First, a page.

Beijing issues rare air pollution alert
When the air gets really bad, Beijing says it has an emergency plan to yank half the city's cars off the road. The only problem is: It may be difficult to ever set that plan in motion.
It wasn't triggered in January, when the city recorded extremely poisonous air pollution. And not this week, when pollution was expected to continue for several days at hazardous levels. A rare alert issued Friday was an "orange" one—the second-highest in the four levels of urgency—prompting health advisories and bans on barbeques, fireworks and demolition work, but no order to pull cars from the streets.
"Yesterday, I thought it was bad enough when I went out to eat. But this morning I was hacking," a Beijing pedestrian who gave her name as Li said Friday, as a thick haze shrouded the city.
Still, the government did not issue the red alert. Beijing's alert system requires a forecast of three days in a row of severe pollution for the highest level. Days of extreme pollution or polluted skies that are expected to clear in less than three days do not trigger the most stringent measures.
A period of pollution in January that saw density readings of PM 2.5 particles exceeding 500 micrograms per cubic meter prompted only the mildest, blue-level alert. That density is about 20 times as high as the 25 micrograms considered safe by the World Health Organization. PM refers to "particulate matter," a mixture of extremely small particles and liquid droplets, the size of which is linked to their potential for causing health problems.
The measures that went into effect Friday also ask members of the public to use public transportation and to turn off their cars rather than let them run idle, as well as call for water sprinkling on the street and dust-control measures at building sites. The most stringent level, red, would order half of Beijing's 5 million cars off the road—based on the last digit of their license plate.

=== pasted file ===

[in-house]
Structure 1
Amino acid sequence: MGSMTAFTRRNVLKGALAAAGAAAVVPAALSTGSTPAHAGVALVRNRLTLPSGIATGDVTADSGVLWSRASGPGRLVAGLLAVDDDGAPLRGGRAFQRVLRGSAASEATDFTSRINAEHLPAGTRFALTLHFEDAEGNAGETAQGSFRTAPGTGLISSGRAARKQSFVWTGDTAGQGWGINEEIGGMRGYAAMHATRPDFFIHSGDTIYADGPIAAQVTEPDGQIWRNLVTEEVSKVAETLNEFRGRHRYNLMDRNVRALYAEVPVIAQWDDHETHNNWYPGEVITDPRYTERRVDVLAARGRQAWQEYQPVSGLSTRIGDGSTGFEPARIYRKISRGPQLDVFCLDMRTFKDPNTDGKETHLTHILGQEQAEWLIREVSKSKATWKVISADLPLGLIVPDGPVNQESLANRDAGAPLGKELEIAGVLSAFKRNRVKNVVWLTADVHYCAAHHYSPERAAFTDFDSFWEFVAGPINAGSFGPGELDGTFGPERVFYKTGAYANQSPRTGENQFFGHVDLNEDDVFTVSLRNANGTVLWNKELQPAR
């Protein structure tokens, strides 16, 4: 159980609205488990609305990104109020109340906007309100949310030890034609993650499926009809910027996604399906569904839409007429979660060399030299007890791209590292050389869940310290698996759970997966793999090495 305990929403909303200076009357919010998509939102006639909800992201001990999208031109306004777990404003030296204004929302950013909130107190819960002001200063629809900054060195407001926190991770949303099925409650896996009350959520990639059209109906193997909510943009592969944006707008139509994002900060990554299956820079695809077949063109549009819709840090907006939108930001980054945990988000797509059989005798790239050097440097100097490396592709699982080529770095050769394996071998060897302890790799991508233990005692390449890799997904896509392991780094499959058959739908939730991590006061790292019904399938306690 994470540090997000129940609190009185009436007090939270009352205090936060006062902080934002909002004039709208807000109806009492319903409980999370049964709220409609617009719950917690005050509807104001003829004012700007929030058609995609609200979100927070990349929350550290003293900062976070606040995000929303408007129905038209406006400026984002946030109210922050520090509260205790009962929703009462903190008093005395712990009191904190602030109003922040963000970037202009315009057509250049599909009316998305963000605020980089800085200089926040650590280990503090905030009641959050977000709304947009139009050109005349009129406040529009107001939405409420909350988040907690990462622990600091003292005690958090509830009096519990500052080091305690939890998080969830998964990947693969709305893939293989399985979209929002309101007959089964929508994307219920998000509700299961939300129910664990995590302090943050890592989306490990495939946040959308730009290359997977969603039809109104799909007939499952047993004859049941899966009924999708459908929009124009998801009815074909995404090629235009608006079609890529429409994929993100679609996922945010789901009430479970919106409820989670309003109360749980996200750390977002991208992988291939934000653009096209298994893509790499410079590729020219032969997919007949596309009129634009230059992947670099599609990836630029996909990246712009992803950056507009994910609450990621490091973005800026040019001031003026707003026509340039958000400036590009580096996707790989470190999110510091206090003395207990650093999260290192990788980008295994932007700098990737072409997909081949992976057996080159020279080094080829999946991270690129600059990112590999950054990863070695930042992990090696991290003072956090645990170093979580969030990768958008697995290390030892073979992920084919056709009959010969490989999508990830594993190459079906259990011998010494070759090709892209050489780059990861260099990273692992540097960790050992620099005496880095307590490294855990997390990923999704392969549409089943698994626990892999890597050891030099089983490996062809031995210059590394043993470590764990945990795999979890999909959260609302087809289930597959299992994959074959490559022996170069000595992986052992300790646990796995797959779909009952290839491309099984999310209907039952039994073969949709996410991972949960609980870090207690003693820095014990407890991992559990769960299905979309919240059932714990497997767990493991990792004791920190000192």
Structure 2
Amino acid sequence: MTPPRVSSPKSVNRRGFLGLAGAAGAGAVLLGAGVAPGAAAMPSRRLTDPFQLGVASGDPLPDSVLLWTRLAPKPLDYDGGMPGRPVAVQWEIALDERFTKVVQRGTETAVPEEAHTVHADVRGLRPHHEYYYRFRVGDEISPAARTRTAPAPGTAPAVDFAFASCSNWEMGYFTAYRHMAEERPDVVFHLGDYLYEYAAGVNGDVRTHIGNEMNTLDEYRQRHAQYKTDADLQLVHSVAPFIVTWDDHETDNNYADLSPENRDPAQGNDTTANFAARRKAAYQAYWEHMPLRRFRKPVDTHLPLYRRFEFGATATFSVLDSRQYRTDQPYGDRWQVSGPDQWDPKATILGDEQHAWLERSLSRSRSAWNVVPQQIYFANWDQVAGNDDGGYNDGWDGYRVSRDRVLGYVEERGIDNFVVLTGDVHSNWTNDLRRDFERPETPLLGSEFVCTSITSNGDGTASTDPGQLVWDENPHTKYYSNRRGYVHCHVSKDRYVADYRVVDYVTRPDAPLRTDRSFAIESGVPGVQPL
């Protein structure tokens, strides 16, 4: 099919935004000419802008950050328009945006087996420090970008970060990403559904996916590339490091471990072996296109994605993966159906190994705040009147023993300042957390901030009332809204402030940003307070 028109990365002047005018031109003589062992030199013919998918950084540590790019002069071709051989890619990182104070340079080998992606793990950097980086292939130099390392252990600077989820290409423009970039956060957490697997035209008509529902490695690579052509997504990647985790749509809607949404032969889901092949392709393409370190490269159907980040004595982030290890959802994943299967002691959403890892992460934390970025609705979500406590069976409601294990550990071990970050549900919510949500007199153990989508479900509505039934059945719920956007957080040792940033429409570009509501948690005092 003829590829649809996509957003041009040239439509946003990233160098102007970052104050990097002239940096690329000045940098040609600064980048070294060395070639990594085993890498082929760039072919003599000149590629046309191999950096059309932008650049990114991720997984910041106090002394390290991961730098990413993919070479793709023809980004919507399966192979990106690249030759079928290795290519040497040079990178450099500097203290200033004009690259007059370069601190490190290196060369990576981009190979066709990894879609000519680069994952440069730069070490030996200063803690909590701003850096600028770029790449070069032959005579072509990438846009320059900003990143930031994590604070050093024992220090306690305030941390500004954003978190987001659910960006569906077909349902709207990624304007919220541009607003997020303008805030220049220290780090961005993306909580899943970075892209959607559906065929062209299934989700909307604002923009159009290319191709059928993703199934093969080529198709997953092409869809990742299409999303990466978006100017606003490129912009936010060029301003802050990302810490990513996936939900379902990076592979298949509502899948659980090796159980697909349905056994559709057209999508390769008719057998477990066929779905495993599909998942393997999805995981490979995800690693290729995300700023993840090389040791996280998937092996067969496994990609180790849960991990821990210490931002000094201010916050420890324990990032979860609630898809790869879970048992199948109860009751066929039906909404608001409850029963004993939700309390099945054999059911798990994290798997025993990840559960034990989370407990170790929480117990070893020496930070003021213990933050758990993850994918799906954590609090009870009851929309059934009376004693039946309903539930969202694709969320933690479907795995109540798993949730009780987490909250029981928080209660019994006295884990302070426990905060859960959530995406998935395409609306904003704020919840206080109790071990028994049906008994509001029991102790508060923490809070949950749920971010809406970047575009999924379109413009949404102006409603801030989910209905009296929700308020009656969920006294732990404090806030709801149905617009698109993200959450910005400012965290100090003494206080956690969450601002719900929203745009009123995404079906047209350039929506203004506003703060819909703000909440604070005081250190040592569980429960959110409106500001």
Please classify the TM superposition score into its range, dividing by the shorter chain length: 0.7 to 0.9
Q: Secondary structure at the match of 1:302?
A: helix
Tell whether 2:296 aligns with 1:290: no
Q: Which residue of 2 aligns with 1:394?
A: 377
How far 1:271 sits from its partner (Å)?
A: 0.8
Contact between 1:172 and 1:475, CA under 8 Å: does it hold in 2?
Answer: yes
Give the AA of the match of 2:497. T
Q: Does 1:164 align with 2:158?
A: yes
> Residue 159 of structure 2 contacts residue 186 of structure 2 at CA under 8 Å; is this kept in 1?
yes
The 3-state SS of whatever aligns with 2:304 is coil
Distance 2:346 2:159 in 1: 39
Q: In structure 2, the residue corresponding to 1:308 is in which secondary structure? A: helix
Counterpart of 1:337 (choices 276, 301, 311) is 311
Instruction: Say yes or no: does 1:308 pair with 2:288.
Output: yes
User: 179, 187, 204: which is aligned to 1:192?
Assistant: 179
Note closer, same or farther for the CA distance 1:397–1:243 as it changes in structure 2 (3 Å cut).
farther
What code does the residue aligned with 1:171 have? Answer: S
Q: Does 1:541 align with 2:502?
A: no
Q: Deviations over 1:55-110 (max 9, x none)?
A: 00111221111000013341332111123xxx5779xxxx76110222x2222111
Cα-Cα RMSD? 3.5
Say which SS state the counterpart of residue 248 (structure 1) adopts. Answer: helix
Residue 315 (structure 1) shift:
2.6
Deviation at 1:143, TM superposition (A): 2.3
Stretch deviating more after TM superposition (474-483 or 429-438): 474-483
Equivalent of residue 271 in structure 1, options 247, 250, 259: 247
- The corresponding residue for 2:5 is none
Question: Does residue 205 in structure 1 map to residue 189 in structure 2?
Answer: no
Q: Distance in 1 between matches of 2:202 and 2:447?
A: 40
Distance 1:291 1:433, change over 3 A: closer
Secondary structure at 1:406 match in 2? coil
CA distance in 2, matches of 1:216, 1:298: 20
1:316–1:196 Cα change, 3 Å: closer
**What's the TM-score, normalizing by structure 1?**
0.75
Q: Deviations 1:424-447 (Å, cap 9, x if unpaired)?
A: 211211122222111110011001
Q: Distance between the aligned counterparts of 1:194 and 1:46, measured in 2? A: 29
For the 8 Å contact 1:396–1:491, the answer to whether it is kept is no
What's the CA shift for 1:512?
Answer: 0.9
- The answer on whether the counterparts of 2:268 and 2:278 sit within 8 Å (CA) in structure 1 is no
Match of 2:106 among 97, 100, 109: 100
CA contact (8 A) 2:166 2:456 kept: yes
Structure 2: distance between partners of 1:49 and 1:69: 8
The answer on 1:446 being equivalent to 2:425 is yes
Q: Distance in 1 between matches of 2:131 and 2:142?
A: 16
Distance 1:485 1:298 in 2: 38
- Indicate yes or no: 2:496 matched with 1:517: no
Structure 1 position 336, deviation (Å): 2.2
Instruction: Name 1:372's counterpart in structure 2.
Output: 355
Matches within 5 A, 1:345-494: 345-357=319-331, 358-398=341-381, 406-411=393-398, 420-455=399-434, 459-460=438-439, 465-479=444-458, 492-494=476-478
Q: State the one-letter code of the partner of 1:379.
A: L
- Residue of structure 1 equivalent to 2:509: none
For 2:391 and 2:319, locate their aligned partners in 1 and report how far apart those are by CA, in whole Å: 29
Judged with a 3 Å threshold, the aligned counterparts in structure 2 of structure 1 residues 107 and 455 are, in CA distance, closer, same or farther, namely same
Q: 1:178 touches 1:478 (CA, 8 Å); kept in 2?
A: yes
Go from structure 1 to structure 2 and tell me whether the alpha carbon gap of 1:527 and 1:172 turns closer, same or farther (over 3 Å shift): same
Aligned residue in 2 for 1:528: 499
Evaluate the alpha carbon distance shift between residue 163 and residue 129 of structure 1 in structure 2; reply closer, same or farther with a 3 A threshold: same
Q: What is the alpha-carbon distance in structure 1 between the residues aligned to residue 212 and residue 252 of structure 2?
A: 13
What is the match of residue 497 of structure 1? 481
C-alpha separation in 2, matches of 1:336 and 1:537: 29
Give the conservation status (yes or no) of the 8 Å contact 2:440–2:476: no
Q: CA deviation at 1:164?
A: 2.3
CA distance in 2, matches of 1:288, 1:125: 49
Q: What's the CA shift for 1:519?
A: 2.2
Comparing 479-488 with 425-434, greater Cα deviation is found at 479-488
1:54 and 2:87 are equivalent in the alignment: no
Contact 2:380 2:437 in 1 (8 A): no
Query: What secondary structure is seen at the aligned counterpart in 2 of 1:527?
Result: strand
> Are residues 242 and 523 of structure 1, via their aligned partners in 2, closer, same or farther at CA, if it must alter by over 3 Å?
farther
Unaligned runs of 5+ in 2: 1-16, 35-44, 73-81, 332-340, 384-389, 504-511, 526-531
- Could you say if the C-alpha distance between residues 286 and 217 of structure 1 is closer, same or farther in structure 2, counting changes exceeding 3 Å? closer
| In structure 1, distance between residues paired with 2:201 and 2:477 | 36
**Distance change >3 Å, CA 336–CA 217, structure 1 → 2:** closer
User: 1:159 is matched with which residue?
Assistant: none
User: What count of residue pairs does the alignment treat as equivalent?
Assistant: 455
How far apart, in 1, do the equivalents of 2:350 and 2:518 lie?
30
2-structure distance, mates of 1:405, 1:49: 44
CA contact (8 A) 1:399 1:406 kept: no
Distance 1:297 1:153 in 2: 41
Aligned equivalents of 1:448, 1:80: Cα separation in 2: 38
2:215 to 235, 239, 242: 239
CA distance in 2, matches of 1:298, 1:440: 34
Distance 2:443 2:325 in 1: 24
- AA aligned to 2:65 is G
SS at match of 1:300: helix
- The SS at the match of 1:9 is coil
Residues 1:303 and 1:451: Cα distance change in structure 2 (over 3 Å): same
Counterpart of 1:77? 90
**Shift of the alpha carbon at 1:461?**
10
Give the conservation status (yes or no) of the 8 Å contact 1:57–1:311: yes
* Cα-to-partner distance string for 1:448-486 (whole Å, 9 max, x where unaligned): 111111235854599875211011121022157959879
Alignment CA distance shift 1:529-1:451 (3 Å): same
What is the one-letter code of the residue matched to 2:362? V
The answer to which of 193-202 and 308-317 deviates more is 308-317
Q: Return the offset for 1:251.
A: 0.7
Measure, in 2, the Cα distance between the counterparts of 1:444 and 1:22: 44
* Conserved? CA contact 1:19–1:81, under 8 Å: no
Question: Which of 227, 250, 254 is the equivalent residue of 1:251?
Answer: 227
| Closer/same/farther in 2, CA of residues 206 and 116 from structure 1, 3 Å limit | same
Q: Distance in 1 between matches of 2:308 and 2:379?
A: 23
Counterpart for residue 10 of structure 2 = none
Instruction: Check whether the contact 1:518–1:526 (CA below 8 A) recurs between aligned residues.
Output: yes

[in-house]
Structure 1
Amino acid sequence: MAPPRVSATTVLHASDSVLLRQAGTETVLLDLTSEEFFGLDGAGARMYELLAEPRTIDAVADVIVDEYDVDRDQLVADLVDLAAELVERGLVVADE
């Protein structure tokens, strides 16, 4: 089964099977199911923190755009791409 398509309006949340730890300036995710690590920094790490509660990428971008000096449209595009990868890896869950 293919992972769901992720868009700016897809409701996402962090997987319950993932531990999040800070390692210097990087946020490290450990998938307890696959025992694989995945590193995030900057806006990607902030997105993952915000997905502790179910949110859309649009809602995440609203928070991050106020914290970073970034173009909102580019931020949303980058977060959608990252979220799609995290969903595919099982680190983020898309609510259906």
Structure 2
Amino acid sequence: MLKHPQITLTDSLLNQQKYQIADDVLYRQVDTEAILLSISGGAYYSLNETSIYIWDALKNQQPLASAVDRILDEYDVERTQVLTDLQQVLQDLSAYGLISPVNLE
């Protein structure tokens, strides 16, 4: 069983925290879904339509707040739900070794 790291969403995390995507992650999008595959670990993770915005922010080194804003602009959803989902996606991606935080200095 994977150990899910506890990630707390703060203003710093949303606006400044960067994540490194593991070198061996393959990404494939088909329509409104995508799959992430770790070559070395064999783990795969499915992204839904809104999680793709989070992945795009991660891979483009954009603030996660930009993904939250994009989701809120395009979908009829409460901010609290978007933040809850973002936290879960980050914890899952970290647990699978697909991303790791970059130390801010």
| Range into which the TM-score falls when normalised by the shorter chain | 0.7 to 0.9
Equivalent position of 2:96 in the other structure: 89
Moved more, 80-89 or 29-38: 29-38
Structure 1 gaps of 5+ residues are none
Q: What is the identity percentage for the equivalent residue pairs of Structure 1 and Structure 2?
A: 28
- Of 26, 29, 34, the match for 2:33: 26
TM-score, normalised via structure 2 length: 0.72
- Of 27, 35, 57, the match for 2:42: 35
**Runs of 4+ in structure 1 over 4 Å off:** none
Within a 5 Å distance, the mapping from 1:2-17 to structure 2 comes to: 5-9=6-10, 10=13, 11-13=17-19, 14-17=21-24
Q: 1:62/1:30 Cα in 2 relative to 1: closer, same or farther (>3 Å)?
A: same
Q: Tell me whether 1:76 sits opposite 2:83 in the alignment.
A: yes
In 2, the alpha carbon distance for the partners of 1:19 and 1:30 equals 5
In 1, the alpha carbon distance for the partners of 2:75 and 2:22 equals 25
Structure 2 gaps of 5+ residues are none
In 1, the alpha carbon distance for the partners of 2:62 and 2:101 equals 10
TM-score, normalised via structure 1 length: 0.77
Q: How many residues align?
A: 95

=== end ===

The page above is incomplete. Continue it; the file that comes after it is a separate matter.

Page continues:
Ma Jun, of the non-governmental Institute of Public and Environmental Affairs in Beijing, said that accurately forecasting three days of heavy pollution is technically difficult.
But in any case, he said, the government is reluctant to adopt the most disruptive measures, because it would be nearly impossible to notify all drivers of the rules and to adequately boost the capacity of public transportation to accommodate the extra passengers.
"When the alert is at a low level, the measures are not effective, but those for the high-level alert are not feasible," Ma said. "The government is reluctant to raise the alert level."
However, Ma credited the government with becoming more open in recent months about air pollution levels, and noted that many people receive real-time government updates about Beijing's air quality on their mobile phones, so that they can take protective measures.
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